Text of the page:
Three top executives of the now defunct Lloyd, Carr & Co. commodities trading firm pleaded guilty yesterday to criminal contempt charges in Grand Rapids, Mich.
Alan H. Abrahams, who used the name James Carr while running the Boston-based firm, vice president James Brien and employe Ralph Zolla surprised courtroom observers on the second day of their trial in Federal Court by reversing earlier pleas of innocence.
One of the two remaining defendants, Michael Schuster, maintained his plea of innocence. The fifth defendant, Lee Barry Brown, who headed the firm's St. Louis office, turned state's evidence and testified during the first day of the trial after charges against him were dropped.
Abrahams ran one of the most sophisticated con operations federal authorities have ever come across, according to investigators, who discovered after his arrest that he was a prison escapee with a history of jumping bail.
Lloyd, Carr & Co. sold an estimated $50 million of controversial London options through offices in 11 cities to thousands of unususpecting customers. The customers were technically betting that certain commodities, like sugar, would be worth more at a future date.
But authorities claim that in many cases Carr never actually bought the options on the London exchange, while at the same time dramatically overcharging customers.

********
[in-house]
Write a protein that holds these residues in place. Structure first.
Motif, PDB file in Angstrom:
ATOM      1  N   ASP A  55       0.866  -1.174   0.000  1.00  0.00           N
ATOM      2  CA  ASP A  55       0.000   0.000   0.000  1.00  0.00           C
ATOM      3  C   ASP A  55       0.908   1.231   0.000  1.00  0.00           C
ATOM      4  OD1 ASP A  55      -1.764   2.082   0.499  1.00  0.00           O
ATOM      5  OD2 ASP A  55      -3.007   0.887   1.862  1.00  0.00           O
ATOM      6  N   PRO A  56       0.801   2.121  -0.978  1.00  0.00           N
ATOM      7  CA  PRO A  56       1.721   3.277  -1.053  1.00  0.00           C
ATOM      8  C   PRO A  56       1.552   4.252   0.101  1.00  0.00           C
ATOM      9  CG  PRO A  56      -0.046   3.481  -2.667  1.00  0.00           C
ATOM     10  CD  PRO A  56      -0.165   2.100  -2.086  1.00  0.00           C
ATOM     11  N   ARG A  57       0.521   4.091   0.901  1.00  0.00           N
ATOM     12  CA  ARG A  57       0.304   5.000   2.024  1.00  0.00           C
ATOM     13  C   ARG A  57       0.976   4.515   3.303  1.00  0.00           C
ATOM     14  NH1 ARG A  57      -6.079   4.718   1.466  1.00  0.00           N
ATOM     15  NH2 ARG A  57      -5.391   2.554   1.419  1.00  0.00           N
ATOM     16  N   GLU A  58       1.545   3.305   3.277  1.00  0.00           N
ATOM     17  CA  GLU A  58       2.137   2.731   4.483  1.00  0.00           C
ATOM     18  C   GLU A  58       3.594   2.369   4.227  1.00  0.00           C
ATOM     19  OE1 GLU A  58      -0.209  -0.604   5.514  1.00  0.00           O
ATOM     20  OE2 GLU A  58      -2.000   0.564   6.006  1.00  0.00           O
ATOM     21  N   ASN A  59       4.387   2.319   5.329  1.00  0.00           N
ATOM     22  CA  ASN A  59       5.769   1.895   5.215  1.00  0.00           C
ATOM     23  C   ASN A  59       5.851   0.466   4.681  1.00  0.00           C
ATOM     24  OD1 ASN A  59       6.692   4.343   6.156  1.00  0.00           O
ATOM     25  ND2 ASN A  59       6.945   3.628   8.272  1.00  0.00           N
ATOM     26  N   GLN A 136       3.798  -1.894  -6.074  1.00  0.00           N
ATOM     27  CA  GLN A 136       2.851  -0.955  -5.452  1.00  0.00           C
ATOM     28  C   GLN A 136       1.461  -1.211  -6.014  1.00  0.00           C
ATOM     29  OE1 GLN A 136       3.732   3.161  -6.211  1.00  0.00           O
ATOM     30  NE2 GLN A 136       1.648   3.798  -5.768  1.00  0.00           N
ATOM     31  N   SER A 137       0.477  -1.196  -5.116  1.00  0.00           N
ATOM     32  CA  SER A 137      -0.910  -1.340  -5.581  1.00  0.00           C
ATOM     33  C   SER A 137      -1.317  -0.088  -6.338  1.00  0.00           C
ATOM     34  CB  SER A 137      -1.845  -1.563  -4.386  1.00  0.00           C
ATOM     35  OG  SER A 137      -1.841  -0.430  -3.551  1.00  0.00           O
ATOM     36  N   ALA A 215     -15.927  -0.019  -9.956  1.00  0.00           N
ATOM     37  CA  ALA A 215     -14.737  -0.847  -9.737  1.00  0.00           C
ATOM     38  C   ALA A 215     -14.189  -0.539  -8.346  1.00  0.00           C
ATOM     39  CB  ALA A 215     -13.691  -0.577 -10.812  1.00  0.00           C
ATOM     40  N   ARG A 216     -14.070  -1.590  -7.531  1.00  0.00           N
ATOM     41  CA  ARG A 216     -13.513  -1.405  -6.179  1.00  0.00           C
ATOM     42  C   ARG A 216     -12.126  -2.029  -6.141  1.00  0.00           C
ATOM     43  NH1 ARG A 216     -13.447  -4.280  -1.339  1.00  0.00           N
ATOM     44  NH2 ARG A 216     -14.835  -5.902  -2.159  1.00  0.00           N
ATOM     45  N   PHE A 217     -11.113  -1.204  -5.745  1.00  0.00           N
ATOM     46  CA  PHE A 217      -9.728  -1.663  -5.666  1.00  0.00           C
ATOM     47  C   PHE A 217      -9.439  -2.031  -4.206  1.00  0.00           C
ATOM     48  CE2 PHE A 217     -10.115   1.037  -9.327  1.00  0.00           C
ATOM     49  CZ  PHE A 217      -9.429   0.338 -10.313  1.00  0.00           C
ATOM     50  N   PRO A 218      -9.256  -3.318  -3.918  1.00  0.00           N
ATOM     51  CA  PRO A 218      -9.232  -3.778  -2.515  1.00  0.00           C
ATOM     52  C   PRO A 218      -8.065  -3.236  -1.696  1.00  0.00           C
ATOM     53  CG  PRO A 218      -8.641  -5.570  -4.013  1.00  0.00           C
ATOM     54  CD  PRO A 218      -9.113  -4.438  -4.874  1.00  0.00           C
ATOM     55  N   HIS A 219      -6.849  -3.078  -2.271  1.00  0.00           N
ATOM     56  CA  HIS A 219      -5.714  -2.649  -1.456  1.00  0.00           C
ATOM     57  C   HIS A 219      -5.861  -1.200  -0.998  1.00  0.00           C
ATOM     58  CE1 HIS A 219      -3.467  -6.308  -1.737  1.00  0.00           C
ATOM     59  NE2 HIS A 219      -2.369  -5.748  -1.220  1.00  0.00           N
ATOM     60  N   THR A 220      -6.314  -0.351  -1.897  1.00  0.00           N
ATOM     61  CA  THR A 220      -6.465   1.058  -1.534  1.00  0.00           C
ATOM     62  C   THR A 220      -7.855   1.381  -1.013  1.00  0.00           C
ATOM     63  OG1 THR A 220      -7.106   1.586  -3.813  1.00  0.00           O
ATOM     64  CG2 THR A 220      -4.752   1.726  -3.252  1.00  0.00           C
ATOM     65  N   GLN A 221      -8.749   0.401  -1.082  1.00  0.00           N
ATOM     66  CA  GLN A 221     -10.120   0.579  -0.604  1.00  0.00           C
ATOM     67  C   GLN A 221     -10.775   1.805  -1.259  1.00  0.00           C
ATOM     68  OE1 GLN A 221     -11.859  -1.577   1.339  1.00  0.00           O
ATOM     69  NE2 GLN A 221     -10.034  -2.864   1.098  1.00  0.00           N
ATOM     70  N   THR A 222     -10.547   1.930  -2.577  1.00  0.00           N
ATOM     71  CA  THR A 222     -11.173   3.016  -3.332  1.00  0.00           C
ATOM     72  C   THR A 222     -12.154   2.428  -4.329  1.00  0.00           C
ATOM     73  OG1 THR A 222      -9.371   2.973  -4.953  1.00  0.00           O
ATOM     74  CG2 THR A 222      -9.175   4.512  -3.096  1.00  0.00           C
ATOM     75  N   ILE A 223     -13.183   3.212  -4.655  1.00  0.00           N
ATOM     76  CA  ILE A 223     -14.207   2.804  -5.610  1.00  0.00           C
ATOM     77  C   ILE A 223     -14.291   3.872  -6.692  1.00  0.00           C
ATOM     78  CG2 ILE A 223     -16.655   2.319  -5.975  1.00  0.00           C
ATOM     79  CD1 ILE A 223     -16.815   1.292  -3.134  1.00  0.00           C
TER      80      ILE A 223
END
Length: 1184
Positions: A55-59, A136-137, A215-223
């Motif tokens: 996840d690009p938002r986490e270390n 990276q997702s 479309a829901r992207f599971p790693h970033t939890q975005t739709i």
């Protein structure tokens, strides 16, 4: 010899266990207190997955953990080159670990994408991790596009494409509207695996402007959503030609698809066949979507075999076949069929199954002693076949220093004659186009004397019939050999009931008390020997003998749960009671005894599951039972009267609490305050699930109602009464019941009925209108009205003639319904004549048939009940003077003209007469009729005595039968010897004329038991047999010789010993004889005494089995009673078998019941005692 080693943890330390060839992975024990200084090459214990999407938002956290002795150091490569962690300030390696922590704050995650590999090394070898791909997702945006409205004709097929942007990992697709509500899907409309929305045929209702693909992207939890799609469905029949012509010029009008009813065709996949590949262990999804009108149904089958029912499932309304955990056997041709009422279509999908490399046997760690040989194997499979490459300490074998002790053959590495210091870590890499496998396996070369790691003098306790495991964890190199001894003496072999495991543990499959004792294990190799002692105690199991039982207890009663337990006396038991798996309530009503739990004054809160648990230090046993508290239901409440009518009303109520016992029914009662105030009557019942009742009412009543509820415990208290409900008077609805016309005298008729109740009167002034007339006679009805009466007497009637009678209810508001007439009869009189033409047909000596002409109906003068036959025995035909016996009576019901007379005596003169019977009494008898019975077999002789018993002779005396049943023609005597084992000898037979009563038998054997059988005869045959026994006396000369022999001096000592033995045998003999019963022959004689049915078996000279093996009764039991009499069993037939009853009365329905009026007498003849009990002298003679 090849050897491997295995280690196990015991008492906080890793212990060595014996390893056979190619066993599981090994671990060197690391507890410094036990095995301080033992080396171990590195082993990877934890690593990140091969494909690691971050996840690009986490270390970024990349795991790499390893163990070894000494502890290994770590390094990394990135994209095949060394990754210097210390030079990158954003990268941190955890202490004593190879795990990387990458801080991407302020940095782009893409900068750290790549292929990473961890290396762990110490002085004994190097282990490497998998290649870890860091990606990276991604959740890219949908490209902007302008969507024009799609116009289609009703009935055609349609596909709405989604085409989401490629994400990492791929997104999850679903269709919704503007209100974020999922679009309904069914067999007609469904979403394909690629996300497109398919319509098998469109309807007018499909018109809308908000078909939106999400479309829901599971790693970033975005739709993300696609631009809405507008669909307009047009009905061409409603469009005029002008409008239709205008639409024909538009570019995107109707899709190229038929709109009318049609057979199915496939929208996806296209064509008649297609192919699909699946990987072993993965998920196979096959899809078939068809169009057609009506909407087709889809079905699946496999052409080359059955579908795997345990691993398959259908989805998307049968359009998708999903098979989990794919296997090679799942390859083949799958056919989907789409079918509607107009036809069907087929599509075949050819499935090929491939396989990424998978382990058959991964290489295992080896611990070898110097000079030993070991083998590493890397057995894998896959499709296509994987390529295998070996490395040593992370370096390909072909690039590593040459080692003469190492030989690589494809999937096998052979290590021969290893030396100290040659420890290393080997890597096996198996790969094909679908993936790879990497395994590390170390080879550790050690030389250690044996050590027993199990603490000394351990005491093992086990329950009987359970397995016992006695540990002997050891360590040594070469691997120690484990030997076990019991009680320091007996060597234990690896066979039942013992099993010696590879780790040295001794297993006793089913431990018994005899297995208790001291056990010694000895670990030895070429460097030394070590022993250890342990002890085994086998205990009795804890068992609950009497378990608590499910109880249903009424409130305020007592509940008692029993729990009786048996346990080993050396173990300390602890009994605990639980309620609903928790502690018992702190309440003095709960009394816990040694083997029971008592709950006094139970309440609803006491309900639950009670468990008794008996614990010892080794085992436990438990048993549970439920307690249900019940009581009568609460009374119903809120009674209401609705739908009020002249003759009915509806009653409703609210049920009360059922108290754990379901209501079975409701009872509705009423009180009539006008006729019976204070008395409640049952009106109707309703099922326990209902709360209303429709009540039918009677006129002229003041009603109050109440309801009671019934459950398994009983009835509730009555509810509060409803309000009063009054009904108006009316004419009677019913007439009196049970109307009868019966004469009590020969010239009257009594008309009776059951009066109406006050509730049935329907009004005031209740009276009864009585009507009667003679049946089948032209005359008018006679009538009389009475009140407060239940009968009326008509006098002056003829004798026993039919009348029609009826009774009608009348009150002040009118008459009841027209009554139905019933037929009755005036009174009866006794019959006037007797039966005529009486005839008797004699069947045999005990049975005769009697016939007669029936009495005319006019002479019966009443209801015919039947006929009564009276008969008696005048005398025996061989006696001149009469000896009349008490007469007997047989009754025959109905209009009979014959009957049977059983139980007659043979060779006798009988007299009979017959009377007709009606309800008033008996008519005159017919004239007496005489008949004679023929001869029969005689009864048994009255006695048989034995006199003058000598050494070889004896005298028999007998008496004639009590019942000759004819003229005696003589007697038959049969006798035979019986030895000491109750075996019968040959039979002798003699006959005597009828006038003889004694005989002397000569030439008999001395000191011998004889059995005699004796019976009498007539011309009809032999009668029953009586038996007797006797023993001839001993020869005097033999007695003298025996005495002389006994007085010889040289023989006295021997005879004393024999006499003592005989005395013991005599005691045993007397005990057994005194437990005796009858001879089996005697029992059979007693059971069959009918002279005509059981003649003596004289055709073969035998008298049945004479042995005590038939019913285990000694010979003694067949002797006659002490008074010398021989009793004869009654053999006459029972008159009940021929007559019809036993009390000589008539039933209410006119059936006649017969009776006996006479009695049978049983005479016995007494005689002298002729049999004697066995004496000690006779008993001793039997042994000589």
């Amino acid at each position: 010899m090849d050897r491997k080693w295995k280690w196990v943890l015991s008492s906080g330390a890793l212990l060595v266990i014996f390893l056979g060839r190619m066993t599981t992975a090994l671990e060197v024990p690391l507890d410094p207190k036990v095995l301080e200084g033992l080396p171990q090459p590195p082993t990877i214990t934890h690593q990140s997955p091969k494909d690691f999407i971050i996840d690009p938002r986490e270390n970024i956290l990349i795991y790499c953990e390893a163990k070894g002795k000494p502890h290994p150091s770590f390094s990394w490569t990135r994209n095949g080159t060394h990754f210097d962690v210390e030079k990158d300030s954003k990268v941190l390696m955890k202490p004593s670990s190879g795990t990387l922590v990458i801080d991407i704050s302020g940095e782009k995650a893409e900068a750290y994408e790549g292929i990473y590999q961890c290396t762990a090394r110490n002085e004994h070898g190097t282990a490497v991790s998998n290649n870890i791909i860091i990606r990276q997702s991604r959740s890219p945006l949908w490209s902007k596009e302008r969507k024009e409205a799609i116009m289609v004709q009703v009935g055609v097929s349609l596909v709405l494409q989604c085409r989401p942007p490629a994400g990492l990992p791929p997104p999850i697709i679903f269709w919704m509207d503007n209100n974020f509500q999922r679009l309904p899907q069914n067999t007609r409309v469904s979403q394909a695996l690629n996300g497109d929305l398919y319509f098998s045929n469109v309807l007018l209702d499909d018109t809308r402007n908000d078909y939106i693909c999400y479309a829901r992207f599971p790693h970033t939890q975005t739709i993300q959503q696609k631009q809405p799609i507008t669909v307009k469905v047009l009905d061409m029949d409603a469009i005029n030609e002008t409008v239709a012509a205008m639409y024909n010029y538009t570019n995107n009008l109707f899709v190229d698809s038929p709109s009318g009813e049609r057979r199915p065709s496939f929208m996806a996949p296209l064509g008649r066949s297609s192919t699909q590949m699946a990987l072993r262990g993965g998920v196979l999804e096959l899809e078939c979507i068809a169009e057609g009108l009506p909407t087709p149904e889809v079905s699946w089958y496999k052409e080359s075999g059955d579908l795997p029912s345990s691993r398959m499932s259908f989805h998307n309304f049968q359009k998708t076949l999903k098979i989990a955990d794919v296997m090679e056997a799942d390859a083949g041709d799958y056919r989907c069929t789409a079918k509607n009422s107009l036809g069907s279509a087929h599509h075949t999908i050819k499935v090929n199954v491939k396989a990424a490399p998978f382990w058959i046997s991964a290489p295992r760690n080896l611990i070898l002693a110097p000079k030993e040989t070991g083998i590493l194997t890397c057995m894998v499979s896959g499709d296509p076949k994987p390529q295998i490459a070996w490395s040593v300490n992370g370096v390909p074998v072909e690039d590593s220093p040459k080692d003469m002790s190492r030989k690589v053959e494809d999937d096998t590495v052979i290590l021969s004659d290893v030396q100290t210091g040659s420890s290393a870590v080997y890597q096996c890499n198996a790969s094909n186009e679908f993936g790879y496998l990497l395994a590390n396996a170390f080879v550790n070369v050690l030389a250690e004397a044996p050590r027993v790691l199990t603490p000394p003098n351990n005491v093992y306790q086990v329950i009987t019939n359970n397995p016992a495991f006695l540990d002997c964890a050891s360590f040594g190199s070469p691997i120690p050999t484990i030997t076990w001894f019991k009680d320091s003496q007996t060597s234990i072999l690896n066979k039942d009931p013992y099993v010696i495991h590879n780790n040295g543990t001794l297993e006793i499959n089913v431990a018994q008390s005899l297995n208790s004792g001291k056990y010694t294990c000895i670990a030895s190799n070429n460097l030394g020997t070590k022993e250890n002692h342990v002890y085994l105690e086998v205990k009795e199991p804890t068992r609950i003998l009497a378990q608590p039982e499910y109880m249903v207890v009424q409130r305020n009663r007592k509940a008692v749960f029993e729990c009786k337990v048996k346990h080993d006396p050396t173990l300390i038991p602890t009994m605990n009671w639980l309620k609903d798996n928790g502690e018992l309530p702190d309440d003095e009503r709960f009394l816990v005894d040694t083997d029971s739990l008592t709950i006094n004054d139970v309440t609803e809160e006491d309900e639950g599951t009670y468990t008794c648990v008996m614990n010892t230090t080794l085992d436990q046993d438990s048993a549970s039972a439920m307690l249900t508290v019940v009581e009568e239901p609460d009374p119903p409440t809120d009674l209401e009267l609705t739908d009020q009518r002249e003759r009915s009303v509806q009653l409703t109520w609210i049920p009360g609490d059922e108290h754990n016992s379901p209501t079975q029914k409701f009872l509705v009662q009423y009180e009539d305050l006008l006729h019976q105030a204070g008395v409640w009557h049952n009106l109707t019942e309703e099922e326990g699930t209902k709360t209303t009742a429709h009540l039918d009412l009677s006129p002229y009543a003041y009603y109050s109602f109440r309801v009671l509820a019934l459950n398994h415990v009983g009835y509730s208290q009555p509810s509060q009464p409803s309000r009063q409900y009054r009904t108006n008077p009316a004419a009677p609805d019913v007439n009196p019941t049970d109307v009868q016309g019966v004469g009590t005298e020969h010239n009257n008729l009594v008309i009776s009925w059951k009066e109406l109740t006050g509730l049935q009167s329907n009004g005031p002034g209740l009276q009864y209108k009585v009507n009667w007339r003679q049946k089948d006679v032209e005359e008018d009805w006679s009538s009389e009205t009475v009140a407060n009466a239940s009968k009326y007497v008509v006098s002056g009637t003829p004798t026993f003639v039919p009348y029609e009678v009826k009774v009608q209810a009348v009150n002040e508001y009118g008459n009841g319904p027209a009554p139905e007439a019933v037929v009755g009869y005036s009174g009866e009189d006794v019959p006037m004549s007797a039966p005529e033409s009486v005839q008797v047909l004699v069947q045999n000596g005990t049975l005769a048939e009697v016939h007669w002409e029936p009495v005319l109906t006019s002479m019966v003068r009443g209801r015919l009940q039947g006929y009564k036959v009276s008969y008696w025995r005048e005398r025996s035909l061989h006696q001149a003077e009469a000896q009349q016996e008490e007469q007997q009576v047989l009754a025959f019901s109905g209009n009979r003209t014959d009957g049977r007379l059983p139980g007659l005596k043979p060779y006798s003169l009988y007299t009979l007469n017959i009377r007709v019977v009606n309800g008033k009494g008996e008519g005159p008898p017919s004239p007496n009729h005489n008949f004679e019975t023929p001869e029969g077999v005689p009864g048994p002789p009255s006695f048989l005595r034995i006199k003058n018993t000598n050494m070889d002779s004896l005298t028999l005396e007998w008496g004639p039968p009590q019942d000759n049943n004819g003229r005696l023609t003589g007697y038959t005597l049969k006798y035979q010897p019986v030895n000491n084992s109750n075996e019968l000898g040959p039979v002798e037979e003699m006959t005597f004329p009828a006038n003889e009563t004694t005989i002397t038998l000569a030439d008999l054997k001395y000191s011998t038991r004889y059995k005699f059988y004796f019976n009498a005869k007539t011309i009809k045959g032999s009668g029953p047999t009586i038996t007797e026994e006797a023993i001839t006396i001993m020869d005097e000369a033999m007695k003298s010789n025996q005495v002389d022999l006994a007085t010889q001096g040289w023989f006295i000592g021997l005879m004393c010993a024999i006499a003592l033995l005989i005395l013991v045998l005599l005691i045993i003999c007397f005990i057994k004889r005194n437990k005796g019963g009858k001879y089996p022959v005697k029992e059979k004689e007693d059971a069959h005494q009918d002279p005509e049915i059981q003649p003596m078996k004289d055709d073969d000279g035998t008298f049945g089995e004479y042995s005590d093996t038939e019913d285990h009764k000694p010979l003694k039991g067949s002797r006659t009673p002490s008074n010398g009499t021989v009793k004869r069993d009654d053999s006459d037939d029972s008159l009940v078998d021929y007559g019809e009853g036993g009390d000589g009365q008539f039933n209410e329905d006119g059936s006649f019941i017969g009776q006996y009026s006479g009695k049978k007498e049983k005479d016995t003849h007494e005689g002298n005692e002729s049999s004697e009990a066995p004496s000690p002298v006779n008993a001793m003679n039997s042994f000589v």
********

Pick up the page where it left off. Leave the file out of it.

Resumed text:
And, the government charged, Carr's salesmen used high pressure sales techniques while concealing the true value of investments and the risks involved.
The newly created federal Commodity Futures Trading Commission spent more than a year trying to shut down Carr's operations, but he kept the federal authorities at bay with legal wrangling. He was finally arrested in Boston in January, and immediately faced charges in several states.
U.S. Attorney James Brady said the three men would be sentenced on Sept. 22, and face maximum sentences of six months in jail and a $10,000 fine. Meanwhile, Abrahams was ordered returned to Massachusetts to face charges there.
In entering the guilty pleas yesterday, told the court that his clients decided to plead guilty because of outstanding charges in Boston: a 50-count indictment there charging mail fraud and violations of the Commodities Exchange Act. Bailey said because the charges overlapped, his clients did not wish to present a defense in the Michigan case.
The Michigan charges were filed last December after Lloyd, Carr reportedly ignored a federal court injection ordering the firm to close down.